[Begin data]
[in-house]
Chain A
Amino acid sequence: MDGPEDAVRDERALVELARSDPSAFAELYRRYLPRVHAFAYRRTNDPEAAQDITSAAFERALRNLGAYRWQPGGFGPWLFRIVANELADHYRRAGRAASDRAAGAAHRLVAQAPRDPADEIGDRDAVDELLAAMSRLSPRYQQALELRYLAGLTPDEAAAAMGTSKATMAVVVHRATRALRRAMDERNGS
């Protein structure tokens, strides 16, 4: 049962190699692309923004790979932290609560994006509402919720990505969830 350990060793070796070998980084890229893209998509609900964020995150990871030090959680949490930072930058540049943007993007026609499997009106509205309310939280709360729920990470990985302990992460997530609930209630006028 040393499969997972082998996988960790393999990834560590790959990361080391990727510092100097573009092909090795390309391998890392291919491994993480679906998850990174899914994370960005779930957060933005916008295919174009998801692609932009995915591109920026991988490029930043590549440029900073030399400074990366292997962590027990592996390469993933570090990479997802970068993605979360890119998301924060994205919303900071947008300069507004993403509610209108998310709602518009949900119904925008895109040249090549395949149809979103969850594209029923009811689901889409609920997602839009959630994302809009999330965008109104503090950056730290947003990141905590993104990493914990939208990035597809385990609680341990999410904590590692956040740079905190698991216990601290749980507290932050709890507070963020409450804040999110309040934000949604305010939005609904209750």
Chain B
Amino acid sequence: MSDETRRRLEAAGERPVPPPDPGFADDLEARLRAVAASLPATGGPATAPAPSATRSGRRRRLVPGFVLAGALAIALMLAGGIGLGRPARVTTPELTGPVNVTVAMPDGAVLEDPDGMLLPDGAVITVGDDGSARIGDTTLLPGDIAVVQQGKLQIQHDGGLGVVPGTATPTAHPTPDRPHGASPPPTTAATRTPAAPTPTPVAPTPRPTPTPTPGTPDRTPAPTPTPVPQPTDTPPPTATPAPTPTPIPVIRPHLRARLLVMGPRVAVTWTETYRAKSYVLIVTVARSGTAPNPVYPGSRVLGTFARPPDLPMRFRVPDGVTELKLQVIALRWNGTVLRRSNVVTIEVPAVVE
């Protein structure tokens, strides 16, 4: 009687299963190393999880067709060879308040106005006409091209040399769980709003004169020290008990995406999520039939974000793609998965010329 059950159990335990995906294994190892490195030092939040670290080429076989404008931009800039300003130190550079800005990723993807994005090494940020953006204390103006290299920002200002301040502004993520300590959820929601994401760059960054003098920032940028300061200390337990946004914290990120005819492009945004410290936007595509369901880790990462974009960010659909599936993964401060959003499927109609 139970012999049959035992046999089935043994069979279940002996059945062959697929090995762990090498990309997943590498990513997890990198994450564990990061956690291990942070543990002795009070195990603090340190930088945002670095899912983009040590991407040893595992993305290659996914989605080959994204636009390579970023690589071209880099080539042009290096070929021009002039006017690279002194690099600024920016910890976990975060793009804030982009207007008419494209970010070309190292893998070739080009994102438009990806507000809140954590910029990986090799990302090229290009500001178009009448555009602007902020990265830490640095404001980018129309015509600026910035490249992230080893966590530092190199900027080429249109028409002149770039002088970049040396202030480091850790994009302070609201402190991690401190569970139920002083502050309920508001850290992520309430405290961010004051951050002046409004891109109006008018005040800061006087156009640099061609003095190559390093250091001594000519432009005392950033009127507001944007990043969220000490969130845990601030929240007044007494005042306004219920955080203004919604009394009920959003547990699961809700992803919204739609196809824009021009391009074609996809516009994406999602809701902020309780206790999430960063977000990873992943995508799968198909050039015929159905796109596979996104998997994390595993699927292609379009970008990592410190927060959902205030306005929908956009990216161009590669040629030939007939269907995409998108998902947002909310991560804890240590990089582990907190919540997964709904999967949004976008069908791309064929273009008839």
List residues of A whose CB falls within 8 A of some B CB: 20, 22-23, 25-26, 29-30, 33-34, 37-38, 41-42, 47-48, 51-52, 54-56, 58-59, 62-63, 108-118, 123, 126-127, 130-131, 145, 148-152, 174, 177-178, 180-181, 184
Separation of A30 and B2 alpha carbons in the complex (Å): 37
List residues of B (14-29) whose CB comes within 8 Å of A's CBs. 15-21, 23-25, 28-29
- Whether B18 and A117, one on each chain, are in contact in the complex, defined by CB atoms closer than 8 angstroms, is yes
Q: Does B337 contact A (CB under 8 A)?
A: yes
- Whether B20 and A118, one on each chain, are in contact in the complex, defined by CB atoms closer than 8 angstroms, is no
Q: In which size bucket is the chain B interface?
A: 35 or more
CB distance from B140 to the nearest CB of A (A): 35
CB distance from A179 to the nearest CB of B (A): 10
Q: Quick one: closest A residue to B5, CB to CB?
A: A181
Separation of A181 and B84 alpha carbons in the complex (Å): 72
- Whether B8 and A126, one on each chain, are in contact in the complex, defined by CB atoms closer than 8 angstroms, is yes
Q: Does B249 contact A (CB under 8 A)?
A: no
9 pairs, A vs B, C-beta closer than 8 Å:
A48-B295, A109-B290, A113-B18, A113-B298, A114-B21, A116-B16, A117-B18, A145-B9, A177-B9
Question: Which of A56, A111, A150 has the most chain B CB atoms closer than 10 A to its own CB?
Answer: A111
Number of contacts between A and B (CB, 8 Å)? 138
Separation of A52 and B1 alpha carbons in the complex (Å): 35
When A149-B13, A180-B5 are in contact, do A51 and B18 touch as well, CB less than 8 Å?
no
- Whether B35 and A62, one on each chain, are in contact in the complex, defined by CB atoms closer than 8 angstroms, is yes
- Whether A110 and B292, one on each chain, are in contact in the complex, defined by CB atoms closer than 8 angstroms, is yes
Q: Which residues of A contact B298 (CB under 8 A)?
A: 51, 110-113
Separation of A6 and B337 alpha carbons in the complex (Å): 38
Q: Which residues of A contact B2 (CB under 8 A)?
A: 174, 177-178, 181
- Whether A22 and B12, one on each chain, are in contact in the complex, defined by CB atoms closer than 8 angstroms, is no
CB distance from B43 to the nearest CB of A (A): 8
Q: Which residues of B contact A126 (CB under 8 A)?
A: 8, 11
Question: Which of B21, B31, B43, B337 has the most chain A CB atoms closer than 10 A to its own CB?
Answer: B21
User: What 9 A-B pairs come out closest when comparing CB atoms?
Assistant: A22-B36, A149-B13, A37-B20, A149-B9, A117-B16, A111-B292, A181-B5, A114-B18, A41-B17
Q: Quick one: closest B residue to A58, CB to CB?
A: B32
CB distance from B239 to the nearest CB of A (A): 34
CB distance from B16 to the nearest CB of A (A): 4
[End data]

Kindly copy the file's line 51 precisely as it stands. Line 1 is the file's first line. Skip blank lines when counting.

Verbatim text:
CB distance from B16 to the nearest CB of A (A): 4